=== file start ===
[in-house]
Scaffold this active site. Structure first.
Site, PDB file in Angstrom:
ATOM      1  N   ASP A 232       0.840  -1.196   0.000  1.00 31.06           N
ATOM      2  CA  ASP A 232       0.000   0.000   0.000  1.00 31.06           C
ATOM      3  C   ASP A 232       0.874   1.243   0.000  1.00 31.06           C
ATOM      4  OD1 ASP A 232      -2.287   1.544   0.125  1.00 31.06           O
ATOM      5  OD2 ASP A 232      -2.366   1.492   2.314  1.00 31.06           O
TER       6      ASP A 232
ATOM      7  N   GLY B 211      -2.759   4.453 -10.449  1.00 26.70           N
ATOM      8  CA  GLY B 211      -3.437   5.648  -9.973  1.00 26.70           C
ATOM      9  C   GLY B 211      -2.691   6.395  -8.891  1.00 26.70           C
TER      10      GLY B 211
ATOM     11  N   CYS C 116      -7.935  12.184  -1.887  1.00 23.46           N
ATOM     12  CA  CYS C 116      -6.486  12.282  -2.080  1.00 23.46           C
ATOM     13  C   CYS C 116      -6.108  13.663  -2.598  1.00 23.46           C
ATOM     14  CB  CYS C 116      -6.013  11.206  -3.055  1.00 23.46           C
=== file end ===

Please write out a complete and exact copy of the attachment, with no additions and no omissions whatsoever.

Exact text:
[in-house]
Scaffold this active site. Structure first.
Site, PDB file in Angstrom:
ATOM      1  N   ASP A 232       0.840  -1.196   0.000  1.00 31.06           N
ATOM      2  CA  ASP A 232       0.000   0.000   0.000  1.00 31.06           C
ATOM      3  C   ASP A 232       0.874   1.243   0.000  1.00 31.06           C
ATOM      4  OD1 ASP A 232      -2.287   1.544   0.125  1.00 31.06           O
ATOM      5  OD2 ASP A 232      -2.366   1.492   2.314  1.00 31.06           O
TER       6      ASP A 232
ATOM      7  N   GLY B 211      -2.759   4.453 -10.449  1.00 26.70           N
ATOM      8  CA  GLY B 211      -3.437   5.648  -9.973  1.00 26.70           C
ATOM      9  C   GLY B 211      -2.691   6.395  -8.891  1.00 26.70           C
TER      10      GLY B 211
ATOM     11  N   CYS C 116      -7.935  12.184  -1.887  1.00 23.46           N
ATOM     12  CA  CYS C 116      -6.486  12.282  -2.080  1.00 23.46           C
ATOM     13  C   CYS C 116      -6.108  13.663  -2.598  1.00 23.46           C
ATOM     14  CB  CYS C 116      -6.013  11.206  -3.055  1.00 23.46           C